* Harrington 2001 p23
"The Boxers grew out of the popular culture of North China and developed from various different secret societies composed mainly of young Chinese males.  What they lacked in leadership they made up for with a fanatical zeal in their desire to rid China of all foreigners and to replace the ruling Manchus, who they viewed as foreign usurpers.  As the movement expanded, new groups identified themselves with one or another Chinese trigram (an inscription or character of three strokes or letters), the most common being the kan and qian trigrams.  They imitated the dress of martial arts performers but they distinguished themselves from the masses by wearing special items of clothing.  The kan trigram wore red caps or turbans, a red sash or scarf, and red leggings or ankle strap; the qian trigram Boxers preferred yellow.  A village would have a single Boxer unit (or tuan) of anywhere from 25 to 100 men, with larger settlements having more units.  Each unit was led by a Senior Brother Disciple (da shixiong), chosen often because of his superior boxing skills.  The rest of the unit were called Brother-Disciples (shixiong).  There was a distinction between military (wu) units and civil (wen) units, the latter being composed mainly of educated persons."

* Knight/Scollins 1990 p45-46
"Most Boxers were young men who wore their ordinary peasant costume, with perhaps a few items of red insignia to show their allegiance to the movement. ... The red aprons -- one variant of the Boxer insignia -- varied considerably in length and cut, some appearing as a panel on the chest, others hanging to the knees.  It was common practice to wear the queue tied up around the back of the head."


* Elliott 2002 p515
"Insofar as Boxer weaponry is concerned, while many Boxers were 'only' armed with bamboo lances tipped with iron (often described as 'spears'), some observers noted that 'these were the most effective [weapons] of all.'  In hand-to-hand fighting more than one Allied officer tasted the quality of the steel in Boxer swords or lances.  Colonel Yang Futong died in a most gruesome manner at the hands of Boxers armed with these primitive weapons.  Other observers noted that Boxers had been issued with Winchester repeating rifles and Mannlichers and some Boxer forces possessed and used with proficiency two Krupp field cannon.  Financial problems had obliged civilian authorities like Li Hongzhang to pay off large numbers of foreign-trained soldiers the Sino-Japanese War.  Some of these men were certainly among the ranks of the Boxers and were most probably able to use any modern Western weapons they were given by sympathisers or managed to capture.  In late June the Court told governors and governors-general to levy and arm Boxer militias.  One of General Yang Mushi's most pressing concerns was that if he allowed his men to be surrounded and killed by the Boxers, they would capture all his weapons and ammunition."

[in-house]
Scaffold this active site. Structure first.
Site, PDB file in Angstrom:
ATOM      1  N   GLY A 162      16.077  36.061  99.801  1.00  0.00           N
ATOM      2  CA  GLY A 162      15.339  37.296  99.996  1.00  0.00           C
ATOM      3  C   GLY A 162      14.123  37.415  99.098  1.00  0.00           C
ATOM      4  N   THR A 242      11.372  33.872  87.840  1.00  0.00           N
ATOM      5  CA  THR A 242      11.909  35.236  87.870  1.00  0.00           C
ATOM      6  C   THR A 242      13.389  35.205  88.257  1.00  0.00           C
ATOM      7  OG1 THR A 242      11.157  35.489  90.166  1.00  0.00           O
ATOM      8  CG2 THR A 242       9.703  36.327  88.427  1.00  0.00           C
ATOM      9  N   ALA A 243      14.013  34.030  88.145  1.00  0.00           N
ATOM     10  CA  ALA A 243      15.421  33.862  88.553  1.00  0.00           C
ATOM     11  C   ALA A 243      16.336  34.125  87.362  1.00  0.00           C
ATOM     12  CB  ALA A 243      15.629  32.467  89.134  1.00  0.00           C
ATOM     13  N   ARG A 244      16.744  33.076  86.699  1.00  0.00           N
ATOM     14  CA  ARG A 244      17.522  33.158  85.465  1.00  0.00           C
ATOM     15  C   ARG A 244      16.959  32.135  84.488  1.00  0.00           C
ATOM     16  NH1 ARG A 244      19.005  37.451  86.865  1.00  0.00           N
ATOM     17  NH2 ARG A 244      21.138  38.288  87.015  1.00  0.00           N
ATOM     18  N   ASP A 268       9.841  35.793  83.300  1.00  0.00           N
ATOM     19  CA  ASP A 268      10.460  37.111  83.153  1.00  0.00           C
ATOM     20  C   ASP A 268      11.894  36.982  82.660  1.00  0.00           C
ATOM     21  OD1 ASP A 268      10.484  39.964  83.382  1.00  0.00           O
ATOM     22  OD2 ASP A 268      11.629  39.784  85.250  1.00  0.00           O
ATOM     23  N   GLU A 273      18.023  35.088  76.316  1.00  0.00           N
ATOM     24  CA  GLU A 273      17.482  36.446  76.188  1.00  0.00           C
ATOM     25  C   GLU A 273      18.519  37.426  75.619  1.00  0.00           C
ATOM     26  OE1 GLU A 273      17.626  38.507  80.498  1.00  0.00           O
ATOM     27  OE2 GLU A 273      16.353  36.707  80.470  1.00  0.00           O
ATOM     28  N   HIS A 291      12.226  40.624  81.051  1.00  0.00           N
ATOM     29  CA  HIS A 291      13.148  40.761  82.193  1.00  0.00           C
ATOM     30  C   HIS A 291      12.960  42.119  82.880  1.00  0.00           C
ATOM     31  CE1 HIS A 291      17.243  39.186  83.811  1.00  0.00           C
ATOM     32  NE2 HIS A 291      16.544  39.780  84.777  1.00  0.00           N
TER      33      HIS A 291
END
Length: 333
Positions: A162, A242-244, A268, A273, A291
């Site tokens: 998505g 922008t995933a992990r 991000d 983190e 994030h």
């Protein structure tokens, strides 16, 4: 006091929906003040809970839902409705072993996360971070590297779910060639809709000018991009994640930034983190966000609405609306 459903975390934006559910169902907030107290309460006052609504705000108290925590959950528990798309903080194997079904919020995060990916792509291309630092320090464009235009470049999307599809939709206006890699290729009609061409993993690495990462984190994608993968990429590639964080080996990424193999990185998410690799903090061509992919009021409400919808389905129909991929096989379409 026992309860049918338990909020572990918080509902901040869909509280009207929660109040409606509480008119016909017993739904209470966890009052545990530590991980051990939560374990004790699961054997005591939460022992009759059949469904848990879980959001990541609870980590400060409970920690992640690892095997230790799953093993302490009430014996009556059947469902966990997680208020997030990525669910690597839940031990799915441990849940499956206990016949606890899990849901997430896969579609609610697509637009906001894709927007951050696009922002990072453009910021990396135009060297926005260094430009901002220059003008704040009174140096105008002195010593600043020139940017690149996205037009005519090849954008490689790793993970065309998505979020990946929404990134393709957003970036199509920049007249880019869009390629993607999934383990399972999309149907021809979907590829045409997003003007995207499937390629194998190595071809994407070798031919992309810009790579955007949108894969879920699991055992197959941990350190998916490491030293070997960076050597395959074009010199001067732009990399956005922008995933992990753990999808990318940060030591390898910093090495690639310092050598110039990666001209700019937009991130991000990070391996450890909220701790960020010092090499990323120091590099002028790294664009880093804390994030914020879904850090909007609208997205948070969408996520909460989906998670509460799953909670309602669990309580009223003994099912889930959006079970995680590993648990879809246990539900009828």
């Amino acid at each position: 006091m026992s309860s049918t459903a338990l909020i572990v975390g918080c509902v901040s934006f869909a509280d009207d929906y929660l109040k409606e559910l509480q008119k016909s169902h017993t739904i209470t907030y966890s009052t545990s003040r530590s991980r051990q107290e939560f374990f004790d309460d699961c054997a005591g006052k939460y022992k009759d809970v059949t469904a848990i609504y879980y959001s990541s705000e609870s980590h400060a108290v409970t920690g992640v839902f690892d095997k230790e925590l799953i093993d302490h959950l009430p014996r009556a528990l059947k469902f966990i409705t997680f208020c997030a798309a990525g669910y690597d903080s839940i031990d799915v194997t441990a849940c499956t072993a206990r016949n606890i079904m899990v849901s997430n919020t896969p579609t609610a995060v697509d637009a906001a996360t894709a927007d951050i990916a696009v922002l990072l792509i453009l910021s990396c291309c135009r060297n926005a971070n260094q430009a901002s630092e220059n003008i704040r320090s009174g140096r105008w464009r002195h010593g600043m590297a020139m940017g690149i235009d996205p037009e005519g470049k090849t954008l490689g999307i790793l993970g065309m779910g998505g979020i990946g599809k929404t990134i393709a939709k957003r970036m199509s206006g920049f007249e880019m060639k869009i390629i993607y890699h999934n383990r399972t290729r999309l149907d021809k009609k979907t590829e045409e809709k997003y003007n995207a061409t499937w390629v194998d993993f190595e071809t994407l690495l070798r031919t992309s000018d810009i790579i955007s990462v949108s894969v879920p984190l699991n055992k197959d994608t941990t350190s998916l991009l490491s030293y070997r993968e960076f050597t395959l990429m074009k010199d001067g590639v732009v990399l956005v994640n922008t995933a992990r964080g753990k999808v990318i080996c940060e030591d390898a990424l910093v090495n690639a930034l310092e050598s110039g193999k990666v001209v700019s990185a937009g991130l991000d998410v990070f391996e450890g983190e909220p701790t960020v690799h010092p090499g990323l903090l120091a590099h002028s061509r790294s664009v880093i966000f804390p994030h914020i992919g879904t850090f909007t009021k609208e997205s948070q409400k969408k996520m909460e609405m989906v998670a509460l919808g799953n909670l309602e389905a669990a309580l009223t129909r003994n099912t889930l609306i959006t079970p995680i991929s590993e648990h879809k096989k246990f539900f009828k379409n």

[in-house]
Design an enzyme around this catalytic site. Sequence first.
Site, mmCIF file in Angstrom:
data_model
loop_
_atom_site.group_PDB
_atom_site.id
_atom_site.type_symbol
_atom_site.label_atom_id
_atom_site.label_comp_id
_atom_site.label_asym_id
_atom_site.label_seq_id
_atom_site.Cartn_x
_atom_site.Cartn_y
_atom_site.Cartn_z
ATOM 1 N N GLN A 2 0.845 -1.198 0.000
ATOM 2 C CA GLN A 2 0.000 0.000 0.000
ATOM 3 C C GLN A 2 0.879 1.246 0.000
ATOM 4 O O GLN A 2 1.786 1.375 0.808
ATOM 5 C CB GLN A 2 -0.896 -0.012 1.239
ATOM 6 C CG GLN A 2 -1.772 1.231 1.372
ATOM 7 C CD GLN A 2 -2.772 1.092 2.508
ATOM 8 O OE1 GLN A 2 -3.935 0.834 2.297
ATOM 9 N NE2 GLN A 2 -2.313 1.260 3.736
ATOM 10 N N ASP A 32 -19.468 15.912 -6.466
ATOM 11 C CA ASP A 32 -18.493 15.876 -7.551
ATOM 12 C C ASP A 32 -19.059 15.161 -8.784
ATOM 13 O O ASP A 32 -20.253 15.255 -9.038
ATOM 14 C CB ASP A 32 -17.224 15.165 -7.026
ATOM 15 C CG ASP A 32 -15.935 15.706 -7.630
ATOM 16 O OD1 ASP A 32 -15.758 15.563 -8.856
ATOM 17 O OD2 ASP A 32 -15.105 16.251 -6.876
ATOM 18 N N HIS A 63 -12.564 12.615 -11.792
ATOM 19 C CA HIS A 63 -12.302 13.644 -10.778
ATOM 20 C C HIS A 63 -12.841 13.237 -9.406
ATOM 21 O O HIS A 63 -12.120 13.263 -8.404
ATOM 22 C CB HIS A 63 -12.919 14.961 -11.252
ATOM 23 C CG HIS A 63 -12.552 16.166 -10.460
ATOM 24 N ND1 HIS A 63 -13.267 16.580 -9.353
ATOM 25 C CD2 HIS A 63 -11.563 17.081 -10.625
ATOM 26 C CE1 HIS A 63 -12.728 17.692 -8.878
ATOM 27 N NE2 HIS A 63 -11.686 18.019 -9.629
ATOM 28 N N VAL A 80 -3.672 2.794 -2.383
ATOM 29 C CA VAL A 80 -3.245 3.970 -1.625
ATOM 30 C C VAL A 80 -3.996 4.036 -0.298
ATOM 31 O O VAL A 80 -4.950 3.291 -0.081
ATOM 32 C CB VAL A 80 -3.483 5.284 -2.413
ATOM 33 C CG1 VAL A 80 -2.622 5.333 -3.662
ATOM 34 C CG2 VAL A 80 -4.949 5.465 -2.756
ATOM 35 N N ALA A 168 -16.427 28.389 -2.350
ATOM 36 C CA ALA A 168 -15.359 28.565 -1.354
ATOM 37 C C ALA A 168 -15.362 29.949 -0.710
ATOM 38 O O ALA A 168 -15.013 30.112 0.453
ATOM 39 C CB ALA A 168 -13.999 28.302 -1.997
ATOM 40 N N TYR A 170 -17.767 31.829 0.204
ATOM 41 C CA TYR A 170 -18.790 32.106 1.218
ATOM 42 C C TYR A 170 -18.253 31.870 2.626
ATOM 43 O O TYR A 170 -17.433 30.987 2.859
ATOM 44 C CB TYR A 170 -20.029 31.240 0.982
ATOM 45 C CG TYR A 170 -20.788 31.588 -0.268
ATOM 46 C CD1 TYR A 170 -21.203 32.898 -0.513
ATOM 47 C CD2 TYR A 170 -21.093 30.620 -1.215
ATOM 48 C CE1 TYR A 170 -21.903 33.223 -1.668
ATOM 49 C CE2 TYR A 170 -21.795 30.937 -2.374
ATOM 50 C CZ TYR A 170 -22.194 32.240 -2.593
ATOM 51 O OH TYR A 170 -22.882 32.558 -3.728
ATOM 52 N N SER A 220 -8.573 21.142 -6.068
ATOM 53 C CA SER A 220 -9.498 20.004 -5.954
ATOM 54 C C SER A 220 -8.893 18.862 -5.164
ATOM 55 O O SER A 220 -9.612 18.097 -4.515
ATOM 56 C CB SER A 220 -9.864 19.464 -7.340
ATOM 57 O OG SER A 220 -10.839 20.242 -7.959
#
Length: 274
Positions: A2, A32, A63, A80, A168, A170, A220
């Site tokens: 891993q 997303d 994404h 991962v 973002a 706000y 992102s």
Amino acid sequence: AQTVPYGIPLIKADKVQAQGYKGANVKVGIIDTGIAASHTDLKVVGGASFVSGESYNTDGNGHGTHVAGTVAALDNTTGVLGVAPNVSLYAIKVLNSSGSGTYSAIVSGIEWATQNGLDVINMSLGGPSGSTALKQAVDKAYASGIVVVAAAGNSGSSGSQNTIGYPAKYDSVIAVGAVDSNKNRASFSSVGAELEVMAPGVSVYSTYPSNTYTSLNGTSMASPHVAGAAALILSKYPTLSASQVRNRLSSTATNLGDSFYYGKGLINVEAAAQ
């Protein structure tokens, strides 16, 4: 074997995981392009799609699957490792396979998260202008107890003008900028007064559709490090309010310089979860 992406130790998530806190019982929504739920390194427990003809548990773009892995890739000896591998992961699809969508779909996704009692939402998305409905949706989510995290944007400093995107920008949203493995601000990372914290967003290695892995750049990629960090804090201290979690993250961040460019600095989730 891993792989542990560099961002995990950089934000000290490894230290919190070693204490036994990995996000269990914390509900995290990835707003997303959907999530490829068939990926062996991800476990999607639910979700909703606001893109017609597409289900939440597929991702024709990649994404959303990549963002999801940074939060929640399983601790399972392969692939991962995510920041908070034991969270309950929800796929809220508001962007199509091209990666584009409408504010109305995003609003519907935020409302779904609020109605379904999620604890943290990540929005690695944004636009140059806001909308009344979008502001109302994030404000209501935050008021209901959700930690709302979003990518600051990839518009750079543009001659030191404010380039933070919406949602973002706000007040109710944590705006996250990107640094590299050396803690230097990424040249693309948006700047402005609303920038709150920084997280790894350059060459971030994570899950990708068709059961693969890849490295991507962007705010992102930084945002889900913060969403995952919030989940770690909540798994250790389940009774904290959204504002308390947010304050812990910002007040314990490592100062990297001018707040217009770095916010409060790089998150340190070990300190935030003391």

* Harrington 2001 p24
"At the beginning the Boxers were armed with primitive weapons including long swords and knives, and ancient firearms."

* Heath/Perry 1994 p32
"Boxers disliked Western weapons.  Their movement preached the overthrow of 'foreign devils' through the use of the martial arts and traditional Chinese weapons.  Most Boxers preferred to carry swords, spears and halberds.  The swords were wide-bladed chopping weapons, some requiring two-handed use.  The spears had long curved blades, while the halberds were of purely Chinese design and did not resemble the halberds of medieval Europe.  Some men carried wicker or brass shields."

* Knight/Scollins 1990 p46
"Rejecting Western weapons, they were poorly armed with swords, spears and halberds."

* Bennett 2018 p91
"In 1898, the Dowager Empress Cixi declared affinity with the Boxer rebels in a campaign against the encroaching influence of foreign powers.  This sanctioned a form of return to old traditions with regard to arms and armour.  The Boxers practiced martial arts and for the most part rejected firearms in favour of swords and spears.  Many proclaimed their belief that followers of the movement could become immune to bullets.  The Imperial troops nominally acted in support of the Boxers and were obviously better equipped."